Since 2004, scientists at the University of Washington have used DNA to help uncover criminal networks behind the trafficking of elephant ivory.
And like the criminals they chase, the researchers regularly update their tactics. In a study released Monday, researchers from the UW Center for Environmental Forensic Science showcased their latest approach to testing ivory DNA, assessing 49 ivory seizures made in Africa between 2002 and 2019.
In their previous studies, the researchers used DNA testing to match tusks from the same elephant. In the new study they extend their approach to identify tusks from close relatives, like siblings and parent-sibling pairs.
The findings reveal the familial relationships among elephant tusks in different seizures, suggesting that a few big, interconnected traffickers control a majority of the trade.
The collaboration between the UW and law enforcement “has been the backbone of multiple multinational collaborative investigations that are still ongoing,” said John E. Brown III, a special agent at the U.S. Department of Homeland Security, Homeland Security Investigations, in a press conference.
Tusks routinely end up shipped in cargo containers from Africa to Southeast Asia, often with other illegally trafficked goods like lumber or pangolin scales, which are sold in remedies. The tusks from a single animal or family can end up in different seized shipments, an often-seen pattern that suggests a similar criminal origin.
The new approach enables the researchers to better establish if tusks from different seizures originate from related elephants living in proximity. The DNA data along with other evidence, such as port of shipment, can help investigators identify the traffickers.
“What we’re trying to do is to show the connectivity so that prosecutors start trying these criminals for the totality of their crimes” and not just one shipment, said Samuel Wasser, director of the center. By tracking close relatives, the researchers generated a more accurate map connecting sites of elephant poaching and seized shipments.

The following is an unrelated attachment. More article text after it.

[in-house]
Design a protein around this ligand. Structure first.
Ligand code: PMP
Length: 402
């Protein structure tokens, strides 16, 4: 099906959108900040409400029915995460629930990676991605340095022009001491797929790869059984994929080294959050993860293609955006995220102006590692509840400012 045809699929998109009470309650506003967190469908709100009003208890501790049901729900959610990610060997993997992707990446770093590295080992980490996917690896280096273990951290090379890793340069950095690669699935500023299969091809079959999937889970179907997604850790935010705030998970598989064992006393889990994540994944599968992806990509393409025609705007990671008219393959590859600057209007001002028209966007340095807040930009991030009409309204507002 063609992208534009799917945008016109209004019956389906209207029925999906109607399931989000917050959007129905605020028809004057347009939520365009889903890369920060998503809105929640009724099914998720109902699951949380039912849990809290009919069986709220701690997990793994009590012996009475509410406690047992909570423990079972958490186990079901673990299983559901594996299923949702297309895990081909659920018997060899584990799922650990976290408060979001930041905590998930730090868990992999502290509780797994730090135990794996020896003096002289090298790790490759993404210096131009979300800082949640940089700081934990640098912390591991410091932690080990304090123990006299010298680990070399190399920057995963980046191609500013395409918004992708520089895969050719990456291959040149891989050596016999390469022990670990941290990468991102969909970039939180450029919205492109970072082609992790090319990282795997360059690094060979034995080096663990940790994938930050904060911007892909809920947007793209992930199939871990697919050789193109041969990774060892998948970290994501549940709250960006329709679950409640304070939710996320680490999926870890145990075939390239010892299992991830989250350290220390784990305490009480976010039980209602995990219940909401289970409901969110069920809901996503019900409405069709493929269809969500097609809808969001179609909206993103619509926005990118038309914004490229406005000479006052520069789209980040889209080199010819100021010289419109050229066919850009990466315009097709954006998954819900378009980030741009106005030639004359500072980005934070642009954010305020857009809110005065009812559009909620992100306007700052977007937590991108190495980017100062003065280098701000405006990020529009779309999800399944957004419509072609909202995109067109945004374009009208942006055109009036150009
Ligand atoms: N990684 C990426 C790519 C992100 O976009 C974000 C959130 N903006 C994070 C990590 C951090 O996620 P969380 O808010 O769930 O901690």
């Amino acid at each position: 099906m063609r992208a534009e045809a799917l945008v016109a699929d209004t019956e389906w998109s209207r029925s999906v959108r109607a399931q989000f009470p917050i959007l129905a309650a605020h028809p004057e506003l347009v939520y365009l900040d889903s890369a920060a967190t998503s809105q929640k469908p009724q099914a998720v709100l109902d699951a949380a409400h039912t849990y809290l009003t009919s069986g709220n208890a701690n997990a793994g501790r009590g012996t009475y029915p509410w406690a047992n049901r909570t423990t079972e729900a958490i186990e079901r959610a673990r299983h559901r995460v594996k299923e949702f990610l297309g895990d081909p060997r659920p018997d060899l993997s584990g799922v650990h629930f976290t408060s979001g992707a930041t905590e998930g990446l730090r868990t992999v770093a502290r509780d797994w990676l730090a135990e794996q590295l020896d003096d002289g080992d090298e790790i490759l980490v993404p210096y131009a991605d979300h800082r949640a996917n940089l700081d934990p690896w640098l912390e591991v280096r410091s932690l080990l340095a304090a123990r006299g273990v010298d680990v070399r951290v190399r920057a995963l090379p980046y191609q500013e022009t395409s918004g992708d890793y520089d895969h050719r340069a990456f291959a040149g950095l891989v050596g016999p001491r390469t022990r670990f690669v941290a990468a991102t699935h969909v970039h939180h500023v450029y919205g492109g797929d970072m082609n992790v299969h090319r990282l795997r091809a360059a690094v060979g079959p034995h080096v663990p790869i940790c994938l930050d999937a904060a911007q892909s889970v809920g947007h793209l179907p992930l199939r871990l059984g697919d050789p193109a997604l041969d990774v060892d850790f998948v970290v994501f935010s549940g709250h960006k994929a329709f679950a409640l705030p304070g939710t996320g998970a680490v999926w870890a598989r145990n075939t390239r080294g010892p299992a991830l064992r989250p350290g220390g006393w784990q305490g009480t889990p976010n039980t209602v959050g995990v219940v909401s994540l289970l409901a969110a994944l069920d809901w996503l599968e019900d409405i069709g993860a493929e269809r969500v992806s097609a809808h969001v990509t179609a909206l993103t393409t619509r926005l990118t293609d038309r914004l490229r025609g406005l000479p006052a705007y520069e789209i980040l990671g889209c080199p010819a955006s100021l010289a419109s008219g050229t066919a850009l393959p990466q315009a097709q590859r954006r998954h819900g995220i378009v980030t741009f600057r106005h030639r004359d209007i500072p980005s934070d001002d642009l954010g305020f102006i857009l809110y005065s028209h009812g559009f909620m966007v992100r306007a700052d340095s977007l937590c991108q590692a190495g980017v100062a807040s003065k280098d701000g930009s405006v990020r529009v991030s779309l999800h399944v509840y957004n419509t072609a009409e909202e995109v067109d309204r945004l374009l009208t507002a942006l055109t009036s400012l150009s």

“There could be as few as three big criminal organizations that are involved, but then there are some smaller ones too,” said Wasser.
The new data also shows how smuggling networks shift to using different ports. In West Africa, for instance, smugglers shifted from Togo to Nigeria.
DNA evidence from the center led to the arrest of two men in Edmonds, Wash. last November. The men, who were from the Congo, were indicted by a federal grand jury for conspiracy, money laundering, smuggling and other crimes related to trafficking elephant ivory and white rhinoceros horn. After the arrest, authorities in the Congo seized more than 2,000 pounds of ivory and 75 tons of pangolin scales, worth approximately $3.5 million.
Wasser said that the demand is likely driven by buyers hoarding elephant ivory. “What we really believe is that there are entrepreneurs that are buying these whole tusks and they’re actually stockpiling them,” he said. “It sounds horrible, but they may be waiting for elephants to go extinct. And then they’re holding all of the ivory and they are all of a sudden able to make a fortune.”
Wasser was first author on the study, which also involved Brown, other UW scientists, and researchers in Kenya, the University of Michigan and Singapore.
About 100,000 African elephants were lost between 2007 and 2015, largely through poaching.